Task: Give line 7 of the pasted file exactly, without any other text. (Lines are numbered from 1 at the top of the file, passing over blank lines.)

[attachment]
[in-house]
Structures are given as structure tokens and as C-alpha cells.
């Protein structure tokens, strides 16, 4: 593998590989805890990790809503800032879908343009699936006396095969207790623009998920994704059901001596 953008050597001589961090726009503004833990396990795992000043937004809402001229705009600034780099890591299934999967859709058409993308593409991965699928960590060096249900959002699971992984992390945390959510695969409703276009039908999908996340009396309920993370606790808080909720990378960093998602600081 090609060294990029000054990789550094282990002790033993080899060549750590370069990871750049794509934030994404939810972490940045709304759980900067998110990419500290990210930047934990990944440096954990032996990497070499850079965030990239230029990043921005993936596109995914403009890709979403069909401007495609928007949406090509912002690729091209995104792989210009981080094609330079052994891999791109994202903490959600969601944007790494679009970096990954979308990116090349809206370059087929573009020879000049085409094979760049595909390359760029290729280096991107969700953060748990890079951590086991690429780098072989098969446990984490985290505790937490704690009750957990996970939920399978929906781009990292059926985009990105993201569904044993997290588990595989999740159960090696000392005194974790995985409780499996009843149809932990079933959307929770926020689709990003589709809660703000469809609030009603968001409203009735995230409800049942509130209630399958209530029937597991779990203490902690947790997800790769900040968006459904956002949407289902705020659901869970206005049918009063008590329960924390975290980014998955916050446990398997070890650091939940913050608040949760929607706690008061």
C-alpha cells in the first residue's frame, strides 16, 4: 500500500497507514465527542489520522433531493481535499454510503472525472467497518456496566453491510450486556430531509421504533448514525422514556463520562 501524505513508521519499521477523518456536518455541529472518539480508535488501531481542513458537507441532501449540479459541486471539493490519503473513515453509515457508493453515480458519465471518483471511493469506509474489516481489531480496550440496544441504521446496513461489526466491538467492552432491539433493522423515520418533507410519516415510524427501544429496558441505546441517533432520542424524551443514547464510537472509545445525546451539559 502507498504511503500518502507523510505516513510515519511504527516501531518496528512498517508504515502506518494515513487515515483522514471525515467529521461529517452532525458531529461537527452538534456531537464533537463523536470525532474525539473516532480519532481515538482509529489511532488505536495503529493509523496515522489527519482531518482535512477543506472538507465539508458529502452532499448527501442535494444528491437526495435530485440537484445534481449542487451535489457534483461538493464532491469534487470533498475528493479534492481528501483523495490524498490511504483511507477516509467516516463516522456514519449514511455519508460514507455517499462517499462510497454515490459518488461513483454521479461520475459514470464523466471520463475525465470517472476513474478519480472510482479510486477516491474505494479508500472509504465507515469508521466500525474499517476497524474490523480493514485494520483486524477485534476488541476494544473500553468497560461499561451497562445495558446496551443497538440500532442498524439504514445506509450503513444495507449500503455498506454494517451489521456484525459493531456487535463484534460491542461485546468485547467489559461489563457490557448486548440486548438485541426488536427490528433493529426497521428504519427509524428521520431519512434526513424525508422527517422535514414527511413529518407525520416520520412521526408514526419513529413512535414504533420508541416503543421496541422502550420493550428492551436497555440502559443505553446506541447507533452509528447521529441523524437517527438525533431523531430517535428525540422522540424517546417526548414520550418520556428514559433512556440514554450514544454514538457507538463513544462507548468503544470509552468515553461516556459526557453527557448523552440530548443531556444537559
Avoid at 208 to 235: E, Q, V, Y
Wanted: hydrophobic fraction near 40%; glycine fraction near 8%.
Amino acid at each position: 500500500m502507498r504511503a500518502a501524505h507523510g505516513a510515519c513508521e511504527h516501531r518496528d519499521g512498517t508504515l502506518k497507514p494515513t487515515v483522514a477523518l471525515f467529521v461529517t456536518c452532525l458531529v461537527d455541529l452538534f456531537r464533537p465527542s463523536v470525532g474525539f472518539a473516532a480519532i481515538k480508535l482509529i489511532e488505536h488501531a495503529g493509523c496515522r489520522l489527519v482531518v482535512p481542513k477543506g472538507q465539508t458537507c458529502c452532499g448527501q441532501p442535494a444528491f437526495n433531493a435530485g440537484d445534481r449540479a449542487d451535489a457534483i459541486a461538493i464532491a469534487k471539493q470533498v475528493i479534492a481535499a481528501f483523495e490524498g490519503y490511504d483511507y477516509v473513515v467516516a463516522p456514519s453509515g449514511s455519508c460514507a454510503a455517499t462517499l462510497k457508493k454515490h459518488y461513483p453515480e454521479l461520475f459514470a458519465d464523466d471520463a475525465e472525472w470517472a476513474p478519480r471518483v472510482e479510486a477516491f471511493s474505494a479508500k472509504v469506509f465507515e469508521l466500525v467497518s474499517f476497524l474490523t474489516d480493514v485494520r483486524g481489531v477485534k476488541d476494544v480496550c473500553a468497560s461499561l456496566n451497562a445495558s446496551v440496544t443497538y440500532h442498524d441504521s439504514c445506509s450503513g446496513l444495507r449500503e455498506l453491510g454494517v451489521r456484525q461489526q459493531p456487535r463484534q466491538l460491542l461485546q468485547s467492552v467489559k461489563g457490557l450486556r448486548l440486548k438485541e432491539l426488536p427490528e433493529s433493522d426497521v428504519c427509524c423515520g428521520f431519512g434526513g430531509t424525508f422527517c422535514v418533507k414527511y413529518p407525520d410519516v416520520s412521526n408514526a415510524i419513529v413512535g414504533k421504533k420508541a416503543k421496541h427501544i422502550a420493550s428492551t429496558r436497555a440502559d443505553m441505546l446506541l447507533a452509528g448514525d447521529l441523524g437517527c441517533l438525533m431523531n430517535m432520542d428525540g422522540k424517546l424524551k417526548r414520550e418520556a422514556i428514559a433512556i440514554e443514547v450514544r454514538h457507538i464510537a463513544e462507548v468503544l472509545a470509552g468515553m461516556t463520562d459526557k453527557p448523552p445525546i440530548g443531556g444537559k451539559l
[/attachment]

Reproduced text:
Amino acid at each position: 500500500m502507498r504511503a500518502a501524505h507523510g505516513a510515519c513508521e511504527h516501531r518496528d519499521g512498517t508504515l502506518k497507514p494515513t487515515v483522514a477523518l471525515f467529521v461529517t456536518c452532525l458531529v461537527d455541529l452538534f456531537r464533537p465527542s463523536v470525532g474525539f472518539a473516532a480519532i481515538k480508535l482509529i489511532e488505536h488501531a495503529g493509523c496515522r489520522l489527519v482531518v482535512p481542513k477543506g472538507q465539508t458537507c458529502c452532499g448527501q441532501p442535494a444528491f437526495n433531493a435530485g440537484d445534481r449540479a449542487d451535489a457534483i459541486a461538493i464532491a469534487k471539493q470533498v475528493i479534492a481535499a481528501f483523495e490524498g490519503y490511504d483511507y477516509v473513515v467516516a463516522p456514519s453509515g449514511s455519508c460514507a454510503a455517499t462517499l462510497k457508493k454515490h459518488y461513483p453515480e454521479l461520475f459514470a458519465d464523466d471520463a475525465e472525472w470517472a476513474p478519480r471518483v472510482e479510486a477516491f471511493s474505494a479508500k472509504v469506509f465507515e469508521l466500525v467497518s474499517f476497524l474490523t474489516d480493514v485494520r483486524g481489531v477485534k476488541d476494544v480496550c473500553a468497560s461499561l456496566n451497562a445495558s446496551v440496544t443497538y440500532h442498524d441504521s439504514c445506509s450503513g446496513l444495507r449500503e455498506l453491510g454494517v451489521r456484525q461489526q459493531p456487535r463484534q466491538l460491542l461485546q468485547s467492552v467489559k461489563g457490557l450486556r448486548l440486548k438485541e432491539l426488536p427490528e433493529s433493522d426497521v428504519c427509524c423515520g428521520f431519512g434526513g430531509t424525508f422527517c422535514v418533507k414527511y413529518p407525520d410519516v416520520s412521526n408514526a415510524i419513529v413512535g414504533k421504533k420508541a416503543k421496541h427501544i422502550a420493550s428492551t429496558r436497555a440502559d443505553m441505546l446506541l447507533a452509528g448514525d447521529l441523524g437517527c441517533l438525533m431523531n430517535m432520542d428525540g422522540k424517546l424524551k417526548r414520550e418520556a422514556i428514559a433512556i440514554e443514547v450514544r454514538h457507538i464510537a463513544e462507548v468503544l472509545a470509552g468515553m461516556t463520562d459526557k453527557p448523552p445525546i440530548g443531556g444537559k451539559l